Nearly 86% of Mortgage Refinances Are Approved, and These States Have the Highest (and Lowest) Approval Rates
Mortgage interest rates are currently at record lows. While not every homeowner is able to take full advantage of these low rates, many could reap significant savings by refinancing their home loans.
To find out how approval rates differ across the country, LendingTree delved into data from more than 15 million mortgage applications using the most recent Home Mortgage Disclosure Act (HMDA) data for 2019. LendingTree’s analysis reveals which states had the highest and lowest refi approval rates, based on two key variables: credit score and home-price appreciation.
Borrowers don’t always take advantage of refinancing despite the obvious financial benefits. For example, a borrower who took out a $300,000 loan five years ago in September 2015 at 3.91% could save about $300 per month on their payment and more than $15,000 in lifetime interest by refinancing at 2.87% now.
Some borrowers might be concerned about their chances of getting a refi approval, but according to LendingTree’s analysis, most applications are successful. Generally, borrowers with a decent amount of equity in their home and a solid credit score can expect a higher chance of approval.
- An average of about 86% of mortgage refinance applications are approved across the nation’s 50 states.
- Home-price appreciation and credit scores matter. Ten-year, home-price appreciation and a borrower’s credit score correlate positively to the refinance approval rate. While there are exceptions and other factors to consider, this means that homeowners who have higher credit scores and whose homes have increased in value are more likely to be approved for a mortgage refinance.
- 80% or more of refinance loans are approved in 48 of the nation’s 50 states. In no state does the approval rate fall below 78%. This is good news for potential refinancers, as it means their odds of approval are strong no matter what part of the country they live in.
- South Dakota, along with three other states, have approval rates above 90%. An approval rate of 91.29% makes South Dakota No. 1 in LendingTree’s ranking. Utah, North Dakota and Nebraska are close behind with approval rates of 90.74%, 90.65%, and 90.53%, respectively.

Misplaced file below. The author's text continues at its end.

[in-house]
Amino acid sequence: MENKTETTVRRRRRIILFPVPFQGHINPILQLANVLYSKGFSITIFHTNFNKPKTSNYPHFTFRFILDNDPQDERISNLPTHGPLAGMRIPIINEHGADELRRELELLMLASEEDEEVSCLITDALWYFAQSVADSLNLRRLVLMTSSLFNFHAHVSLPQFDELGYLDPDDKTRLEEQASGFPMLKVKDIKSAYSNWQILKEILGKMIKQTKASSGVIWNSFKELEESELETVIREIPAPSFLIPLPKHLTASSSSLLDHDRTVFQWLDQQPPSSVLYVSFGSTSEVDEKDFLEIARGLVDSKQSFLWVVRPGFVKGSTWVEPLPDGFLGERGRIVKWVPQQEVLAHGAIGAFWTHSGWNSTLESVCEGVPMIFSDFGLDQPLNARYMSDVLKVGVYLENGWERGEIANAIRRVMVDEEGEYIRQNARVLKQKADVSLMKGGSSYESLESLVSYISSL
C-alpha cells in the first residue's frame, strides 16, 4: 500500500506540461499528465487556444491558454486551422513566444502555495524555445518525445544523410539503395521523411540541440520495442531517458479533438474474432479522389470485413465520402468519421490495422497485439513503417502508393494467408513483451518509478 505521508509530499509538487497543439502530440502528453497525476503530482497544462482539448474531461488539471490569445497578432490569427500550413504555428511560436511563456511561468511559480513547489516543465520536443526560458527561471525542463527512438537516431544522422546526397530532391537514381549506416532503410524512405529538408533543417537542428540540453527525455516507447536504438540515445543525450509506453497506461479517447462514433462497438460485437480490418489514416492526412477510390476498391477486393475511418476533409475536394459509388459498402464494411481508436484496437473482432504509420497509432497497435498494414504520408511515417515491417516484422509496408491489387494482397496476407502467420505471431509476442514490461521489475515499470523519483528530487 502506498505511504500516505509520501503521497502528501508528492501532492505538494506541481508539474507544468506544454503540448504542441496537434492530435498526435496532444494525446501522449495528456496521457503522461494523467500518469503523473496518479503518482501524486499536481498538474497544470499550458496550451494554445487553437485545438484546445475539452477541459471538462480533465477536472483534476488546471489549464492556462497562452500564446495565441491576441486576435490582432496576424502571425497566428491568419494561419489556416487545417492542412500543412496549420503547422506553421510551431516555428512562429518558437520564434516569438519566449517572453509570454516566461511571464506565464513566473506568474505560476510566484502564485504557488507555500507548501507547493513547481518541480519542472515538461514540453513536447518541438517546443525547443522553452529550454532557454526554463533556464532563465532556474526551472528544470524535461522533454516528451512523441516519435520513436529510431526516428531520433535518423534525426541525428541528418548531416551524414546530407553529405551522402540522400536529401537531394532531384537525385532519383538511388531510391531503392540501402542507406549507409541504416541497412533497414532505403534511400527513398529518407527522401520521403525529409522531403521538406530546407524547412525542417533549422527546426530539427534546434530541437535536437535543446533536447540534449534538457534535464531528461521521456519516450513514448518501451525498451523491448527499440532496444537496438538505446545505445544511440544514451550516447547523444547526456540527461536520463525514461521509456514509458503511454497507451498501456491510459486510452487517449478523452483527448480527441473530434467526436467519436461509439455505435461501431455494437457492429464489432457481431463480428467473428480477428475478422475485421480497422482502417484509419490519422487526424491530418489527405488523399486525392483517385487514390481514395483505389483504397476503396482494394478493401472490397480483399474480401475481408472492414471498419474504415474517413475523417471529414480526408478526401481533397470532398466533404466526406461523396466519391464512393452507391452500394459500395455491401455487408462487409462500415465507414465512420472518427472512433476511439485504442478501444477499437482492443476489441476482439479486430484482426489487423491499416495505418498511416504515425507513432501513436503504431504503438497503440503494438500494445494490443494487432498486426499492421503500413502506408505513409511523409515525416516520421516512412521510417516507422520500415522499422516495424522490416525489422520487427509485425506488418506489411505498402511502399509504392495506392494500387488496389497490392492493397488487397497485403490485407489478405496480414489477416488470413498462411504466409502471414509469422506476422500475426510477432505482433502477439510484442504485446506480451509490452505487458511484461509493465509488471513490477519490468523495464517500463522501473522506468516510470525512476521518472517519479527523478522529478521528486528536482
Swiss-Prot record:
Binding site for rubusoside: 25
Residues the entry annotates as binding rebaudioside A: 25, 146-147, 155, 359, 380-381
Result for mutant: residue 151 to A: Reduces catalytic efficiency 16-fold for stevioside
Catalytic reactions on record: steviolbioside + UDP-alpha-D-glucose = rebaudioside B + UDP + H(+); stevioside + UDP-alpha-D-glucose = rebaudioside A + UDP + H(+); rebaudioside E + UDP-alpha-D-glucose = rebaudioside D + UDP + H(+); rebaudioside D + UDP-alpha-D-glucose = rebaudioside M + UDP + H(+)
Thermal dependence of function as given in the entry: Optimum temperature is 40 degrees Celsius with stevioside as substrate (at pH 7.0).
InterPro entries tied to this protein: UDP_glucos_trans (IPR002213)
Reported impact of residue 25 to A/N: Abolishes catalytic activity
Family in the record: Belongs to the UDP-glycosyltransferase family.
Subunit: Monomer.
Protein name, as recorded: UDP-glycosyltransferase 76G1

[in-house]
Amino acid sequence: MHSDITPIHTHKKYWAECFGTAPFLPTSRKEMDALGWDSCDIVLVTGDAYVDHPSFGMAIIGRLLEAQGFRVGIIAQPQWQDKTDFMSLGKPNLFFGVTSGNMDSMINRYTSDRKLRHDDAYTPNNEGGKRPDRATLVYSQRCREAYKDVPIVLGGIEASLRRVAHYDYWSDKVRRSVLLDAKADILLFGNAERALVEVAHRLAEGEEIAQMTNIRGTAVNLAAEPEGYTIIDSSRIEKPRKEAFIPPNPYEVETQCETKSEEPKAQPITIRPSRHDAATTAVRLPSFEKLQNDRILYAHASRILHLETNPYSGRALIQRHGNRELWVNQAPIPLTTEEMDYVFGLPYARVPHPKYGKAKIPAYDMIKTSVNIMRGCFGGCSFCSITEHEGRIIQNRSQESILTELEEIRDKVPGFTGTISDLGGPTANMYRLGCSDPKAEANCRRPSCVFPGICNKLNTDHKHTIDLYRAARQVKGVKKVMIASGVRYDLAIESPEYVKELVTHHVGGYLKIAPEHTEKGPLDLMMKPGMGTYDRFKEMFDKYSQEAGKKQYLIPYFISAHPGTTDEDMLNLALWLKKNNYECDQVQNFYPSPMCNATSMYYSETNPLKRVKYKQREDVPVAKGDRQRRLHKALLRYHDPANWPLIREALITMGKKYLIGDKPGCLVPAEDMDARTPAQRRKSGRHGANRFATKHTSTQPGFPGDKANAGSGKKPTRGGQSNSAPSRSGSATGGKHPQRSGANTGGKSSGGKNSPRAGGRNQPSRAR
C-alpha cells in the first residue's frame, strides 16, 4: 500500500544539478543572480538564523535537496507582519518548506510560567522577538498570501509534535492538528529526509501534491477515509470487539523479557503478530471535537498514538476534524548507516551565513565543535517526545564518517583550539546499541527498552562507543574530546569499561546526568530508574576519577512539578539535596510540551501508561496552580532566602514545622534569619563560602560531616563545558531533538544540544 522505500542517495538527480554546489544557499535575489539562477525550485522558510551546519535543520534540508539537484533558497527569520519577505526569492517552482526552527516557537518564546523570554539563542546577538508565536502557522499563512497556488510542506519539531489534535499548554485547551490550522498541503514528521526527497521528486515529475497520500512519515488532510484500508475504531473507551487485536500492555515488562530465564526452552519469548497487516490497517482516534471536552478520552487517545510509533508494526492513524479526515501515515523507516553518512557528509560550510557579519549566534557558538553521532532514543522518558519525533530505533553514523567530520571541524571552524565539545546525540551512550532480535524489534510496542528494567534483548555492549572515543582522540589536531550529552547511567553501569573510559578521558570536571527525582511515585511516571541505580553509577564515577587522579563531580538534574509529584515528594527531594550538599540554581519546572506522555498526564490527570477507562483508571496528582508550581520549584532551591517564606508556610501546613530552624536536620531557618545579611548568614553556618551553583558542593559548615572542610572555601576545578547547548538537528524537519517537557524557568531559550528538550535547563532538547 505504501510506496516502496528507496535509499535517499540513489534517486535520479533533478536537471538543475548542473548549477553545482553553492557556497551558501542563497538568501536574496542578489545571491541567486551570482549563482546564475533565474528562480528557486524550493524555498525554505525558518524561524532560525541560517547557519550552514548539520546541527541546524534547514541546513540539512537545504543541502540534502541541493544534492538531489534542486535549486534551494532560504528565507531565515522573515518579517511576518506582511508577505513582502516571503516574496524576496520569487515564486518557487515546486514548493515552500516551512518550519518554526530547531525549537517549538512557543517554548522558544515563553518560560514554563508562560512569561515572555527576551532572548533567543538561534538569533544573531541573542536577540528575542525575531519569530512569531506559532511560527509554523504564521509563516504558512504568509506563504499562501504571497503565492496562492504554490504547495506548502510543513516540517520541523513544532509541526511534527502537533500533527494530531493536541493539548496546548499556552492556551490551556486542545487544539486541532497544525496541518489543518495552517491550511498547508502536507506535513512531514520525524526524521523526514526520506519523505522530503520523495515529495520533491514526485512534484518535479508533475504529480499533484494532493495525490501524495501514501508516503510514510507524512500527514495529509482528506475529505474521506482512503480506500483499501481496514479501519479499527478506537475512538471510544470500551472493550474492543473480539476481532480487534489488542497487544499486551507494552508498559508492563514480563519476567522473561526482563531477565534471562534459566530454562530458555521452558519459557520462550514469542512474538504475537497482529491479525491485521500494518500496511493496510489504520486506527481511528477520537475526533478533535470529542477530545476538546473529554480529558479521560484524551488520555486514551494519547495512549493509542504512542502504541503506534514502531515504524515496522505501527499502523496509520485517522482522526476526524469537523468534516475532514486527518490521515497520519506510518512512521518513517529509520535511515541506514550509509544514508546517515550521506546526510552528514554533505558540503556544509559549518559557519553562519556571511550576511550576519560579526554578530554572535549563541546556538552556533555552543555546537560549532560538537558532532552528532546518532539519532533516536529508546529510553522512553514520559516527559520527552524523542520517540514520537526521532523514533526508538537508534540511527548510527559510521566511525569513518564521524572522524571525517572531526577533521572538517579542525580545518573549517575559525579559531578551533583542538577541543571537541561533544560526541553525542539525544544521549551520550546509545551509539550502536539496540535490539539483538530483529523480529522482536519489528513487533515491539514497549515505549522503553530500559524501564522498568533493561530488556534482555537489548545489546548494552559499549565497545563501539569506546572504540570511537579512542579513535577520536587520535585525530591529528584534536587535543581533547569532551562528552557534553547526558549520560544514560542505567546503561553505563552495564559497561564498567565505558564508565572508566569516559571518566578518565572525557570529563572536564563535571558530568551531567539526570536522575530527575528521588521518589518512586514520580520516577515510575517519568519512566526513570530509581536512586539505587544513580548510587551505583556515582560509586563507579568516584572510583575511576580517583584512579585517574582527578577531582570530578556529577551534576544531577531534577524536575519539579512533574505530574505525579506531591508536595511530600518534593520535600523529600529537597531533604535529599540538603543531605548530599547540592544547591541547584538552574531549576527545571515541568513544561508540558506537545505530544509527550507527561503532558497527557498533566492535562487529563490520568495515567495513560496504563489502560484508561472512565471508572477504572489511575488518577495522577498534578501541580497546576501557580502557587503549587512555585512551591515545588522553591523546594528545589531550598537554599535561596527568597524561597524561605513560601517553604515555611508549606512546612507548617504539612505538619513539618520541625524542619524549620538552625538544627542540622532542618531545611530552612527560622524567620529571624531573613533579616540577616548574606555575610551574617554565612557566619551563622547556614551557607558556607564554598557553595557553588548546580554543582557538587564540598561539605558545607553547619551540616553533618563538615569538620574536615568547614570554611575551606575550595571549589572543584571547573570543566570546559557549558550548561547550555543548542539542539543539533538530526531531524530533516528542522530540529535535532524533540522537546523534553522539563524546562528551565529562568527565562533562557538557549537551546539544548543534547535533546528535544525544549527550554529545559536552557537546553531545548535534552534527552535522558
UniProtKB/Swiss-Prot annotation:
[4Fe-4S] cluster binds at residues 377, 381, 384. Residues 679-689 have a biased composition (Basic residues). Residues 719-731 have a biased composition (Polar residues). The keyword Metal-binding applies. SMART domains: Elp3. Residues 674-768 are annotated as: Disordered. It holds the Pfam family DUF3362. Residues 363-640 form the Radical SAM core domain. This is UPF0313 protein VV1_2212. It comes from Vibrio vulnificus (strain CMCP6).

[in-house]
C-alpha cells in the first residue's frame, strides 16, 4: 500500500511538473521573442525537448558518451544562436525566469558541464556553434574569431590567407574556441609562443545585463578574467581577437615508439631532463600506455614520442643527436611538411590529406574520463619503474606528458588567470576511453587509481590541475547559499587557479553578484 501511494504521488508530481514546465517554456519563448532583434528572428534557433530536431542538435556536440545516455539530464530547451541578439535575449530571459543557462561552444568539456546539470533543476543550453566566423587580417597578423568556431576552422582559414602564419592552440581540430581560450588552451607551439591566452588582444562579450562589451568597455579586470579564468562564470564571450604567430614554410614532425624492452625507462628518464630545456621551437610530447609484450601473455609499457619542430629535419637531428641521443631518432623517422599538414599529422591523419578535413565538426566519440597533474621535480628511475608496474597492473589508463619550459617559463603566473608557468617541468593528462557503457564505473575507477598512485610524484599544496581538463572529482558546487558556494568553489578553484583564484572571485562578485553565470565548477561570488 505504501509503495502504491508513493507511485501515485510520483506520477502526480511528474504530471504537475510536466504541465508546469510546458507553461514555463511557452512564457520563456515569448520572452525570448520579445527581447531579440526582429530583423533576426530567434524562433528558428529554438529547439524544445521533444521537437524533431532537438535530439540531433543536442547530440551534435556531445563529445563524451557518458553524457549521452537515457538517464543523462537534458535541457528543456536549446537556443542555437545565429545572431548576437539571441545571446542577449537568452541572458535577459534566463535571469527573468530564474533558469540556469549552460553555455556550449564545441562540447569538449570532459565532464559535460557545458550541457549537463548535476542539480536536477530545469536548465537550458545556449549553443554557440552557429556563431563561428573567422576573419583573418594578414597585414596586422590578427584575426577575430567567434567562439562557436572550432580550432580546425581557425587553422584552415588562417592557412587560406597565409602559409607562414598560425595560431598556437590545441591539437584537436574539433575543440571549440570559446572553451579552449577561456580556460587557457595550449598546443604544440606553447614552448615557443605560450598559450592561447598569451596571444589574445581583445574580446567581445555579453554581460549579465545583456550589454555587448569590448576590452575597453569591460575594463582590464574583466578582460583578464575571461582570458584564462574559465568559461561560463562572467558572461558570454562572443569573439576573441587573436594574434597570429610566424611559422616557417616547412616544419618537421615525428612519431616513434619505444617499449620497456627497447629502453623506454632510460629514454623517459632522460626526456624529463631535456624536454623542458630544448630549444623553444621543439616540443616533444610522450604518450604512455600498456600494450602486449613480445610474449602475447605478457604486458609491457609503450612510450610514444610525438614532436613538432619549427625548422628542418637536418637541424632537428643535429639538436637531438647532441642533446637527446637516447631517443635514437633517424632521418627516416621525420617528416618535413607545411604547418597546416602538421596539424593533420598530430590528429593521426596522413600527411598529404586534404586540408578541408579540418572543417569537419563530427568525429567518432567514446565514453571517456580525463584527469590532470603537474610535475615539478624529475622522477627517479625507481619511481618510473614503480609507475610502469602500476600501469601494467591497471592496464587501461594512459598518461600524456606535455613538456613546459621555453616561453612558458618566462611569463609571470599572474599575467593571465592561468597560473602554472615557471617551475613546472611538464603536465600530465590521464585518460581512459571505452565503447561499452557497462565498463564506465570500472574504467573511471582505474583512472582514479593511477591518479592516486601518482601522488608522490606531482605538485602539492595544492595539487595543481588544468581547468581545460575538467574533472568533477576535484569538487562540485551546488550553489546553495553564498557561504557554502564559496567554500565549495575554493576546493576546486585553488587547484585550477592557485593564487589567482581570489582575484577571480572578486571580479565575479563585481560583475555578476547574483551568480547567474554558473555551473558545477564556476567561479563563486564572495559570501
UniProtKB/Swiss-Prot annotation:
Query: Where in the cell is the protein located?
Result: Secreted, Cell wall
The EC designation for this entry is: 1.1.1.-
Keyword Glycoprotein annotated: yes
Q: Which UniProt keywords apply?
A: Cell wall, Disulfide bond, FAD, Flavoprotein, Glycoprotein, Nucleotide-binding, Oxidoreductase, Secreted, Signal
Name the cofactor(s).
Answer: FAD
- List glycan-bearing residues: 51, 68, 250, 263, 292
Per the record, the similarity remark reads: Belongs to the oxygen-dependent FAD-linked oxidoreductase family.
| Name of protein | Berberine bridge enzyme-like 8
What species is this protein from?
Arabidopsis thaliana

- Florida and New York are the states with the lowest approval rates. In Florida, 78.43% of refinance loans are approved, slightly lower than New York’s approval rate of 79.60%. Though these numbers are the lowest in LendingTree’s study, a significant majority of refinancers in both states are still approved.
States with the highest approval rates for mortgage refinance loans
No. 1: South Dakota
- Approval rate: 91.29%
- Median loan amount: $205,000
- Average homebuyer credit score: 760
- 10-year, home-price appreciation: 60%
No. 2: Utah
- Approval rate: 90.74%
- Median loan amount: $275,000
- Average homebuyer credit score: 764
- 10-year, home-price appreciation: 59%
No. 3: North Dakota
- Approval rate: 90.65%
- Median loan amount: $225,000
- Average homebuyer credit score: 761
- 10-year, home-price appreciation: 97%
States with the lowest approval rates for mortgage refinance loans
No. 1: Florida
- Approval rate: 78.43%
- Median loan amount: $225,000
- Average homebuyer credit score: 747
- 10-year, home-price appreciation: 16%
No. 2: New York
- Approval rate: 79.60%
- Median loan amount: $265,000
- Average homebuyer credit score: 762
- 10-year, home-price appreciation: 13%
No. 3: Connecticut
- Approval rate: 80.82%
- Median loan amount: $235,000
- Average homebuyer credit score: 765
- 10-year, home-price appreciation: -5%
LendingTree looked at 2019 Home Mortgage Disclosure Act (HMDA) data for all 50 states in the U.S. HMDA is a federal law that requires most lenders to report their origination activity every year. From this HMDA data, which represents more than 15 million mortgage application records, LendingTree determined the percentage of refinances that are approved in each state.
In addition to HMDA data, LendingTree also used data from the 2019 American Community Survey and TransUnion to determine home-price appreciation and borrowers’ average credit scores, respectively.
LendingTree research analyst Jacob Channel contributed to this report.